Journaling and It’s Postive Outcome

Journaling and It’s Postive Outcome

Each person will journal in their own way. It is a personal journey to greater self-understanding. Some journal each day, others when they want to work out a problem or document an “ah ha” moment. Know there are many articles and books available to teach you how to journal but the key to journaling is to understand up front what you want to accomplish by journaling. Some different types of journaling are: daily writing of the events of the day, working in your journal only when you have a situation you want to work out, setting a time limit of say six weeks and setting up your goals as to what you want to accomplish before you start the journal (I use this technique in my courses. Setting up a particular problem and then working it out in a set amount of time), using the journal as a place to record specific activities such as eating, weight loss, medical conditions, or any other issue you are working through. I have my counseling clients journal during our sessions, making notes of questions I ask them to work on that week, recording insights during the session and allowing them to continue the journaling with the homework I give them for the week. In this way, they can look back and see not only progress but can use it as a reference if a similar situation should arise again. You can also use your journal as a place to keep positive reminders of your life like a scrapbook. If you find a picture that speaks to you place it in your journal and record how you reacted to the picture. Kathy pointed out that she used journaling when working with grief counseling. I use journaling with my clients to allow them a space to focus on a problem/solution activity.
Journaling can have a positive effect on your behavior and well-being and behavior if it: Makes you step back and evaluate your thoughts, emotions and behaviors. Explores solutions. Brings your emotions and motivations into alignment with your deepest values. Converts negative energy into positive energy. Lowers your emotional reactions to others. Increases tolerance of ambiguity, ambivalence, and unpredictability which are part of normal living. Helps you take a definite course of action.
Journaling can become a negative activity if you focus only on negative things that have happened to you without seeking solution/understanding of the experience or becomes a vehicle of blame instead of a road to solution acquisition. You control what you receive from journaling by creating a clear series of sentences about a problem or negative feeling you feel you need to express and then take an objective look at the feelings; were they fact based, what from your past may have impacted how you reacted to the current situation, define the feeling/reaction to decide if there is a positive way to react to the same situation in the future. Can you turn this negative experience into a positive experience by learning from it to create positive self-growth? Create a plan of action in case the situation presents itself again so you are prepared as best as you can to meet the challenge with knowledge instead of just feelings.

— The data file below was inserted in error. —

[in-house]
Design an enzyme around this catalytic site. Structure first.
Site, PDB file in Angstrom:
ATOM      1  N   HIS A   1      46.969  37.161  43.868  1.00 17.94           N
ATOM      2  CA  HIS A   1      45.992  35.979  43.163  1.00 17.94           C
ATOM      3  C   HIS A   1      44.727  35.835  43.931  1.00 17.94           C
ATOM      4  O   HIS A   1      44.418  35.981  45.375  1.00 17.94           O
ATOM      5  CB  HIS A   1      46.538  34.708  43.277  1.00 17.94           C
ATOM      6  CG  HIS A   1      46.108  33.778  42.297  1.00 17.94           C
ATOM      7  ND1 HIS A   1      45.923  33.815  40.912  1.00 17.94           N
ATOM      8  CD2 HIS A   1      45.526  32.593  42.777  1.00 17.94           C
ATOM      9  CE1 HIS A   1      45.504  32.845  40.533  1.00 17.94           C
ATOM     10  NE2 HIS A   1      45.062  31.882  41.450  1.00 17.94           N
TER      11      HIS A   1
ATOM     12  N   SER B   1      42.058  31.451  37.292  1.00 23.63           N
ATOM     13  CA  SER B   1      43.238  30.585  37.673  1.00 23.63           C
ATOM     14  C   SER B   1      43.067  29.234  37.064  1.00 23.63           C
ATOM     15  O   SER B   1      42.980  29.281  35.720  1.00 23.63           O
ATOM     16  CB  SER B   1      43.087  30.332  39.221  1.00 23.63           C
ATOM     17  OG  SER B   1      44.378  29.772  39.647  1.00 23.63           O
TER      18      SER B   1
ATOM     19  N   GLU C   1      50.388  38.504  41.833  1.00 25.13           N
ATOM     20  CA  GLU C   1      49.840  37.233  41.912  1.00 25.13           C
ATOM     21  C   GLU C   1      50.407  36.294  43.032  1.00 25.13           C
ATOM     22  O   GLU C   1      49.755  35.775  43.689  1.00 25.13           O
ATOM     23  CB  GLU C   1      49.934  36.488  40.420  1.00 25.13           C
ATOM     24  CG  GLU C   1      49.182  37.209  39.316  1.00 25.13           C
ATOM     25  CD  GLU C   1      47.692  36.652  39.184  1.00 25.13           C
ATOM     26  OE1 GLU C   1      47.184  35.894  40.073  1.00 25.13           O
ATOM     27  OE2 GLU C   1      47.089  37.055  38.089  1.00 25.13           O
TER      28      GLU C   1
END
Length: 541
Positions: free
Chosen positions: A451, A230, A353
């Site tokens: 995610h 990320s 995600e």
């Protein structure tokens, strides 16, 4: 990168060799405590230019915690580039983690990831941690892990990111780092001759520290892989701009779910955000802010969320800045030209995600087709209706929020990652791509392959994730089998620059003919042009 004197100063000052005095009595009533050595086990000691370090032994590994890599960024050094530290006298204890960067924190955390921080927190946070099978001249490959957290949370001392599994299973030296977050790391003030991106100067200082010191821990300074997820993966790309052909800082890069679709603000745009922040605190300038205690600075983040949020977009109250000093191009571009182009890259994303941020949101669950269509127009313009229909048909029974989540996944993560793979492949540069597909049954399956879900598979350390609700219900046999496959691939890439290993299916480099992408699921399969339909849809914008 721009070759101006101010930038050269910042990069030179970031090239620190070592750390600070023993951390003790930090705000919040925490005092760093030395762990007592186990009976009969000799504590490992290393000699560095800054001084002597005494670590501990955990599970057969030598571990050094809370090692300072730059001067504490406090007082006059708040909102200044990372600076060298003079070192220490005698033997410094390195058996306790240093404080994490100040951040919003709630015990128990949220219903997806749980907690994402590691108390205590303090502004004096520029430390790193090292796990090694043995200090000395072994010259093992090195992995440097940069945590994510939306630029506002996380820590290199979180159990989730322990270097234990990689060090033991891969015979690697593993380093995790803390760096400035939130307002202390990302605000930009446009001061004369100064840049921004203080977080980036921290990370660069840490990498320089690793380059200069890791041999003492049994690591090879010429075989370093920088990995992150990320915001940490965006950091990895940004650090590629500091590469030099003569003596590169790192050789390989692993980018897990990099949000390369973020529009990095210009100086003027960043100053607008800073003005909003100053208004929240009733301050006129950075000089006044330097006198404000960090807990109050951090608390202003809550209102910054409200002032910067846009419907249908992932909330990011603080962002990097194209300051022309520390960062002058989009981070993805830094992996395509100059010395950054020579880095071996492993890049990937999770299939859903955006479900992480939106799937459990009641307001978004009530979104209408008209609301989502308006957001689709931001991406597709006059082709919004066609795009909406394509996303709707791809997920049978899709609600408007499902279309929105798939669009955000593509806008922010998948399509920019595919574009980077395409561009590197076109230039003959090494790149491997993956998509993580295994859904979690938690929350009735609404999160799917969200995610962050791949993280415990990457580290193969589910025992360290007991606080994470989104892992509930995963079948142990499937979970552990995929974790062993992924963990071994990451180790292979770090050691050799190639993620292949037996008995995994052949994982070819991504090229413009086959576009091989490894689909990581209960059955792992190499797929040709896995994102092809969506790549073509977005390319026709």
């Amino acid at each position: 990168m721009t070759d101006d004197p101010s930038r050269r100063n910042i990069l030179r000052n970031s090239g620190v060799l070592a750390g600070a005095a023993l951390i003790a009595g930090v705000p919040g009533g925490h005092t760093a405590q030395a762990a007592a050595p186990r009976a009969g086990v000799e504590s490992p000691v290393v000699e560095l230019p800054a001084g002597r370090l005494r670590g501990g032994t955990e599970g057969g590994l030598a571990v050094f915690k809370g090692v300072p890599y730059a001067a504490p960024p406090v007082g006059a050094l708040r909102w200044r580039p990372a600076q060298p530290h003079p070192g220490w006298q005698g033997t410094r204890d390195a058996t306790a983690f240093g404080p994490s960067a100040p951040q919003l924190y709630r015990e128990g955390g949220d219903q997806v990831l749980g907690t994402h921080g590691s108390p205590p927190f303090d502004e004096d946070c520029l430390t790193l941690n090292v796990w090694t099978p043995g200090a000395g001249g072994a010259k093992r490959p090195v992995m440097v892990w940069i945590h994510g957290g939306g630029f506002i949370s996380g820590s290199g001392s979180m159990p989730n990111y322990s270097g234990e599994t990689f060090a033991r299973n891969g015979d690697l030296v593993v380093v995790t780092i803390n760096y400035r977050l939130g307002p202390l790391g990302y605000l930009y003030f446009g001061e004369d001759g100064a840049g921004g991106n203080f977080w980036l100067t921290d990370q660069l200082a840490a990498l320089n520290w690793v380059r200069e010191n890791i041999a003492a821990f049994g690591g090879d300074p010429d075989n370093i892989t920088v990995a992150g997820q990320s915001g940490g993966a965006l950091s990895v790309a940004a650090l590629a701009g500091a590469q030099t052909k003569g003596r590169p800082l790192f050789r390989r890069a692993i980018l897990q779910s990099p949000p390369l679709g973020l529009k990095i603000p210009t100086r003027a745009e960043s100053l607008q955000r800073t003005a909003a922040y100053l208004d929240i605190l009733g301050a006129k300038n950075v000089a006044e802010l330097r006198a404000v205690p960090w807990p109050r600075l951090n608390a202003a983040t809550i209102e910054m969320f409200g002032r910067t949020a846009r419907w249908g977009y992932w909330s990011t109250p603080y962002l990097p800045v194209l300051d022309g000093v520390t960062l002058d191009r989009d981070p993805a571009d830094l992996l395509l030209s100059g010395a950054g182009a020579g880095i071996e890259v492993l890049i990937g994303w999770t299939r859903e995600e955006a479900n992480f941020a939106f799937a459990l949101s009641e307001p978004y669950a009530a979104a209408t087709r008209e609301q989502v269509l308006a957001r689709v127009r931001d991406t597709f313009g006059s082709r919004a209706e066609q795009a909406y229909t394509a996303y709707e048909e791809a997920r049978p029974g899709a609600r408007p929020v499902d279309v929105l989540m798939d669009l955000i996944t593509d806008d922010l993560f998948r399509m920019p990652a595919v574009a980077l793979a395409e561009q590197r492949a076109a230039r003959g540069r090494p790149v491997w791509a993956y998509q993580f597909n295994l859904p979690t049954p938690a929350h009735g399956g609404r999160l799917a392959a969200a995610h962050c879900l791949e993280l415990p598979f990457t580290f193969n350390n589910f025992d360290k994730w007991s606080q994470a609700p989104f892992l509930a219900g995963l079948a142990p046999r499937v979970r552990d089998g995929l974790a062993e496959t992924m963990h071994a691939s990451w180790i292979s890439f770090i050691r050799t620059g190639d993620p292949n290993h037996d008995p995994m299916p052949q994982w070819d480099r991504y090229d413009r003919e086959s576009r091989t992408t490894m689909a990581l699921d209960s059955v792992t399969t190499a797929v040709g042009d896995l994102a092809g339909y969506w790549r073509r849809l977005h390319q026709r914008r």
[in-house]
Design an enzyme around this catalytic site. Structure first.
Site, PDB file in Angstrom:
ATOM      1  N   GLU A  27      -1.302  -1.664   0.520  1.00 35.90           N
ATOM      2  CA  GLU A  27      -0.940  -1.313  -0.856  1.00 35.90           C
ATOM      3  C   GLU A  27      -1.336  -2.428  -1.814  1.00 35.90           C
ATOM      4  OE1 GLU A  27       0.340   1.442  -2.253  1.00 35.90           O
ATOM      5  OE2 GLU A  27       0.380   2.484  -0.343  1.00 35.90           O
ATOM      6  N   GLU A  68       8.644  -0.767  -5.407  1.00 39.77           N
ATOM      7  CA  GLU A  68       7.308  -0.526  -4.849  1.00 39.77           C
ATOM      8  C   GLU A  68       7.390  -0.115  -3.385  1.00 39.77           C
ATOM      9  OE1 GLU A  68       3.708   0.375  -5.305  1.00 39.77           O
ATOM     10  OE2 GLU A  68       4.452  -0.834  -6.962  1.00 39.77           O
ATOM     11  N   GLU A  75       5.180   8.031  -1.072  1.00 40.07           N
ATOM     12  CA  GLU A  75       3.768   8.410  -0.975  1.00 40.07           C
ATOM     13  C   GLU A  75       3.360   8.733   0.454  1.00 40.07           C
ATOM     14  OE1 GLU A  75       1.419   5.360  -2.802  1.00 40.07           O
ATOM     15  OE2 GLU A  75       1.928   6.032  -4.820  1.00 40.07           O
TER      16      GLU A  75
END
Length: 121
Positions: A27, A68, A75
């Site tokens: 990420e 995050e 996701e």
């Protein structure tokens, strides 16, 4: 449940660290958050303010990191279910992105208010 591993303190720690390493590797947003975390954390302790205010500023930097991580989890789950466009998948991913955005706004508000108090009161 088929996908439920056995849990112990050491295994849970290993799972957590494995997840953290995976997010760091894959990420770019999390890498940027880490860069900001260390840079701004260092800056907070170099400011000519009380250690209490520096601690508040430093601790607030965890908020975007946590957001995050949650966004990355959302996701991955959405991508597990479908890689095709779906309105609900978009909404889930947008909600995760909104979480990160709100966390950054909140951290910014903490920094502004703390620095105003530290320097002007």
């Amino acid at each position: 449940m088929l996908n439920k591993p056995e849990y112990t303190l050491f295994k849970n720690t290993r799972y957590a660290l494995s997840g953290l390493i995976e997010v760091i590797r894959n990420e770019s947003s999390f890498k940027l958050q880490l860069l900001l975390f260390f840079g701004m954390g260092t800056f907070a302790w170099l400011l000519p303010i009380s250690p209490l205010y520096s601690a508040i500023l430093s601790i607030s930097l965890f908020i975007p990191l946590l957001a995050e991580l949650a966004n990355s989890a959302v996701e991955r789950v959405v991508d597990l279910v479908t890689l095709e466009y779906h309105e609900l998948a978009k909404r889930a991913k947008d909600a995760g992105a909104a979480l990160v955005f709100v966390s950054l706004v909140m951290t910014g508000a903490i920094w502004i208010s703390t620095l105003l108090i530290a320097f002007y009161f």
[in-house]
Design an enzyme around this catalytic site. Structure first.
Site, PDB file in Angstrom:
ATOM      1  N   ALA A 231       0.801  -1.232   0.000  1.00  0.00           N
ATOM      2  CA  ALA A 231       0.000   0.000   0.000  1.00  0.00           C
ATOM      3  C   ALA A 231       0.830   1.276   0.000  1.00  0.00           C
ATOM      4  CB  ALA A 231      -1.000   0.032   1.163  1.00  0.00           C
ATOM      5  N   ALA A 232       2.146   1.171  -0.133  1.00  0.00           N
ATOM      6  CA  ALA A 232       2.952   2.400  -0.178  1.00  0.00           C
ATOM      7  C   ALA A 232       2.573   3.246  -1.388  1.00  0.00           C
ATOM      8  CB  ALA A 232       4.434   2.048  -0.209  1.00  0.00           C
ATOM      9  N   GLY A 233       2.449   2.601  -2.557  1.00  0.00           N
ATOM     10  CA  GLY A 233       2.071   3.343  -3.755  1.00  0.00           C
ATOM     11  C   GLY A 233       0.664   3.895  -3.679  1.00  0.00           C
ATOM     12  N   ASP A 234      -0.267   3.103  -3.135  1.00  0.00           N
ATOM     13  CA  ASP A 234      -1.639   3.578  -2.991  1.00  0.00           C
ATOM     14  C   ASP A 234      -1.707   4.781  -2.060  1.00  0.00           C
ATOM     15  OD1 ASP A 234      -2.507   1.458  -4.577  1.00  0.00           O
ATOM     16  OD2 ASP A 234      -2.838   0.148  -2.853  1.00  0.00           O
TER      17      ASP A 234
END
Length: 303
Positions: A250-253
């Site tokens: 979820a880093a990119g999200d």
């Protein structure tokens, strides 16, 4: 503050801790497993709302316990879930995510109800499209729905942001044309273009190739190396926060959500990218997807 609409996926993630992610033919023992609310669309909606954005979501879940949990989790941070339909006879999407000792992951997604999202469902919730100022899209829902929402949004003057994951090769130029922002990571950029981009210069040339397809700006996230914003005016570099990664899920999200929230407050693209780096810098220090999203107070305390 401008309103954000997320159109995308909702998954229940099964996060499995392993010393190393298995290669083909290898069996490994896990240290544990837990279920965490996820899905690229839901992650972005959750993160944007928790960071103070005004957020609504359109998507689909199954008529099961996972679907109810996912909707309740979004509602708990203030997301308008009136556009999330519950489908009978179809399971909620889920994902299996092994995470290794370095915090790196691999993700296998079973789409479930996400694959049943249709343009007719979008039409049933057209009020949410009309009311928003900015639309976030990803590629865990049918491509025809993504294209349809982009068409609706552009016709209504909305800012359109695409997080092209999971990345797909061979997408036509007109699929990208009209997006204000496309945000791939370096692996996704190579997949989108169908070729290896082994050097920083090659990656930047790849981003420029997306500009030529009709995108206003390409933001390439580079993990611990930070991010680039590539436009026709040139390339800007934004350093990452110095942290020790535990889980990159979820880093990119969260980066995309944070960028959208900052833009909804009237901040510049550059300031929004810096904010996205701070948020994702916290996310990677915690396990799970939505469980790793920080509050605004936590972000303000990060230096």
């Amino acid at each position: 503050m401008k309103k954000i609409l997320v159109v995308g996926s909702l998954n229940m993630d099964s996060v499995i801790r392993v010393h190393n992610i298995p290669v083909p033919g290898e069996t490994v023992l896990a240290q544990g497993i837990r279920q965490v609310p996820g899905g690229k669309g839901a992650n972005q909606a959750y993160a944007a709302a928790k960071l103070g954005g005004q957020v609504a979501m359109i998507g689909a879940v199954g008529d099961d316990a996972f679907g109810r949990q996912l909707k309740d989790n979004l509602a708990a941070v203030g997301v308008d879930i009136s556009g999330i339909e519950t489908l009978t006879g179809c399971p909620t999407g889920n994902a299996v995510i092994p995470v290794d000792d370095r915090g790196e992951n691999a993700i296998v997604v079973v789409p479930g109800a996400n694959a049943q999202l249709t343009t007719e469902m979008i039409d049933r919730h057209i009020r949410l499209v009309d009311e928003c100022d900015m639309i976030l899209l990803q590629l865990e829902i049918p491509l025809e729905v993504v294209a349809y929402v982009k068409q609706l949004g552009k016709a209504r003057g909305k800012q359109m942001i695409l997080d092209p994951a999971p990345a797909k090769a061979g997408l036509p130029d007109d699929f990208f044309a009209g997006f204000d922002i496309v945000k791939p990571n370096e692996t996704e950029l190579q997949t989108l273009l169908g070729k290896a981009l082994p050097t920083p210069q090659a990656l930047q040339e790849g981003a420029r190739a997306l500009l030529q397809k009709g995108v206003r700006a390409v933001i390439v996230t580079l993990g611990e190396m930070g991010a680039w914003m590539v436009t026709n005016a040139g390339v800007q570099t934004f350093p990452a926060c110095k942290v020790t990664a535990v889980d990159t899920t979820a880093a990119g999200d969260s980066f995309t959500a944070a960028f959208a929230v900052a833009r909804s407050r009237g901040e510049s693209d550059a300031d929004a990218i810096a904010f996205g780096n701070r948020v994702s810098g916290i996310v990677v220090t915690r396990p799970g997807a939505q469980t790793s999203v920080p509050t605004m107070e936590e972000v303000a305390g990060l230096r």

My surrogate grandfather, who would be 103 if he was still alive, had a large calendar where he would document his life. If I would have told him he was journaling he would have scoffed at me and told me not to bring that psychobabble I was learning at the new-fangled University into his home. But that is what he was doing. In the right top corner of each day he would put the weather as it was important to him. On the right bottom corner, he would put a number from 1-10 which documented how he was feeling, since he was wounded in the war and suffered pain from the scrap metal in his hip. He would put a smiling face or a frowning face in the left bottom corner to document how the day was. He always documented his visitors for the day by naming them and if they did something interesting or celebrated something he would put it on the calendar. He would document where he went and who he went with if he had an outing that day. As he aged family members used his calendar to know what was going on in his life. When he passed on it was a nice way to celebrate his life by looking back at the 40 odd years of calendars he had saved.
If you would like to begin journaling, do a little google research to read about different types of journaling and decide what will fit your needs and what type of journal you would like to keep and then go and enjoy the documentation of your life.


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